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well... there it is...

...the rare, valid reason for being retro.

I guess... the suggestion above becomes very valid.
Consider instead of trying to shoehorn the old scanner into working with a usb port, investing a couple dozen dollars into an older tower, like a B&W, Yikes, Sawtooth... or any of the older machines with the old PCI bus. Then use a scsi card. Even better... although they get some criticism, I see the beige boards as being singularly unique in that they all have 2 IDE buses (4 IDE drives maxed), AND a fast scsi bus native on the board. A desktop or tower beige G3 can be picked up for insanely cheap. Make sure you get the optimum revision (Rev. C, I believe). Then, take some effort and $ to max the ram and put in a G4 chip, and a drive(s) that are big enough to temporariy store your scans, a cheap 10/100 Ethernet card, and get XPostFacto and Panther going on it (you just don't need Tiger on a scan station... and frankley, 10.3.9 is still more stable than 10.4.7). The most expensive component is the G4 zif... and really its optional. You'd be surprised how well a G3/350 does on a dedicated box. Short of the G4 zif, you could build this for less than $20-30 (not counting shipping). Only use the box for scanning, and then fileserving the scans, and I think you'll be quite happy with it.

Again, the scsi-->fw converters have really disappointed me (never had one because of cost, but my expectation was that they would be popular and cheap... they're not).

--
EDIT

Blows my mind that such a nice pro scanner wouldn't have the ability to adjust the SCSI ID. I'd make really sure this is the case. I was in the digital prepress side of the printing industry for 14 years before moving on, and I've NEVER seen a SCSI scanner that didn't allow you to pick the SCSI ID. It is fundamental.

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SCSI ID

Thanks for the helpful post.

I have the Scanner users manual and it shows how to set the dip switches to set the ID but not to zero... the numbers start at 1. BTW, it was the USB to SCSI converters that only work on ID 1. No information on this for the FW to SCSI converters.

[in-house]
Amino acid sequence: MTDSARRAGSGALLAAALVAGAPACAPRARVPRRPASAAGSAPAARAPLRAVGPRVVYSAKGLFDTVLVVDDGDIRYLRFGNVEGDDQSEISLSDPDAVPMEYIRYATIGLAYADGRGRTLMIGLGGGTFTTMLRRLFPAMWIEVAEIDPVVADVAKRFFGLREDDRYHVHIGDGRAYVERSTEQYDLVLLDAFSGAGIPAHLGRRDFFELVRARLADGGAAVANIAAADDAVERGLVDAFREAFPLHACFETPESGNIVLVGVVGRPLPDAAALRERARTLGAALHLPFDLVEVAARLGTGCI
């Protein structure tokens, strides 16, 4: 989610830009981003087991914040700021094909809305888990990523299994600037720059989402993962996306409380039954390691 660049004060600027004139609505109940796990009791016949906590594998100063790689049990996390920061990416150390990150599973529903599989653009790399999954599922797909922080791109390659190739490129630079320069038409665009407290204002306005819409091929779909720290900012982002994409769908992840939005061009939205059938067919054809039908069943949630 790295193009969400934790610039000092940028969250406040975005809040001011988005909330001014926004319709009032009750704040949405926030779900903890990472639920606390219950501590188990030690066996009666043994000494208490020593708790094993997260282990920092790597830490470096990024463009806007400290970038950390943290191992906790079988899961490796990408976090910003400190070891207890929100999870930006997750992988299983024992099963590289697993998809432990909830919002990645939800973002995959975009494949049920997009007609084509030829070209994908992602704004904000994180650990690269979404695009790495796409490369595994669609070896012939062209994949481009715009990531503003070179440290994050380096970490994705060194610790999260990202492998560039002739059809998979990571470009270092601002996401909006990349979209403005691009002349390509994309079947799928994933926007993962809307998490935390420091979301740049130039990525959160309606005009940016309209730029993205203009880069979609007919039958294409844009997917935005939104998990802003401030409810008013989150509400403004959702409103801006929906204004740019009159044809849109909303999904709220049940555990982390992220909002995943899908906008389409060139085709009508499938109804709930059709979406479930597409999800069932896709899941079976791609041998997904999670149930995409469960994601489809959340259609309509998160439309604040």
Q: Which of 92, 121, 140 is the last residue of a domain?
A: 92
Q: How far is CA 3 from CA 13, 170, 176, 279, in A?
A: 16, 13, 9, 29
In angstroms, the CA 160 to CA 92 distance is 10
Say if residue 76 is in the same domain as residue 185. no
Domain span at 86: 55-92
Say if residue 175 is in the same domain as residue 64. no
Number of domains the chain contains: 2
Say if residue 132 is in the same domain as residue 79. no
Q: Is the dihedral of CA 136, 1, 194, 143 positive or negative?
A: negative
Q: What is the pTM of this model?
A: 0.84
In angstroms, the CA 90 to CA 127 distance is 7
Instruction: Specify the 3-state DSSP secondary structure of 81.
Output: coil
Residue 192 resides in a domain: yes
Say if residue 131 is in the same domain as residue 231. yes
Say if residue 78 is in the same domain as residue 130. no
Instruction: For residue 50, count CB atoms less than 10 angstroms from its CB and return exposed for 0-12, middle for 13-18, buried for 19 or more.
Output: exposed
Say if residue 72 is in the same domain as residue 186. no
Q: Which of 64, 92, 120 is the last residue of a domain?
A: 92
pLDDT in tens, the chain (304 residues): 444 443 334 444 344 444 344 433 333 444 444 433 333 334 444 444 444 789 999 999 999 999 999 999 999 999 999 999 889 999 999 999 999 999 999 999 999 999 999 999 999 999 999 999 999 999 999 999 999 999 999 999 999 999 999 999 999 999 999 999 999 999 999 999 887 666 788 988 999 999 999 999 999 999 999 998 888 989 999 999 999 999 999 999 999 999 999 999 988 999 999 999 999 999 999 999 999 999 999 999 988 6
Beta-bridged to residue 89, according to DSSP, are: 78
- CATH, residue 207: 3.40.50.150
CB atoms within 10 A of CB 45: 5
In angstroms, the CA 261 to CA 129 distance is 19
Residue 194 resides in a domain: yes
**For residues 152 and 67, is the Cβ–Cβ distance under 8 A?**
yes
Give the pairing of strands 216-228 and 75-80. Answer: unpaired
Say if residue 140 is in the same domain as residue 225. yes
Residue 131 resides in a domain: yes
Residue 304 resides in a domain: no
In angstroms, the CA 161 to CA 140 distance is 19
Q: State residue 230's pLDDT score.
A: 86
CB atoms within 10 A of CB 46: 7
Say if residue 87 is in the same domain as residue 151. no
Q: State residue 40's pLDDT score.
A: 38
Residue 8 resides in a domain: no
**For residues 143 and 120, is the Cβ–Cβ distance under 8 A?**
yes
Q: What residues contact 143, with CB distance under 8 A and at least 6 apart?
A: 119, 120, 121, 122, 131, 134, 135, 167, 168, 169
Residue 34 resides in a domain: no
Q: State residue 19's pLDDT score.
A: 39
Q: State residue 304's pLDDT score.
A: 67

I am sure that the older mac approach can work but I am inclined to try the FW-->SCSI converter approach because it will take up less real estate. If it works, all in, that approach will cost me $130 with shipping and the cable converter to make it fit. If it does not work, I'll return it and be out $15 shipping.

BTW, did your numbers/thinking include the cost of keyboard, mouse, and monitor?

Bill

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Re: SCSI ID

I have the Scanner users manual and it shows how to set the dip switches to set the ID but not to zero...

I misread your post. I thought the scanner was set at zero and couldn't be configured. Sorry for the confusion.

BTW, did your numbers/thinking include the cost of keyboard, mouse, and monitor?

I should have explained a little better, because the real estate can be much smaller than you think.

You don't need a monitor, keyboard and mouse to dedicate to the G3 scanning station I'm envisioning. Obviously, you will need these things when setting it up, but once set up and working, you can eliminate the extra hardware. Apologies for assuming every mac owner has free access to an adb keyboard and mouse and vga monitor.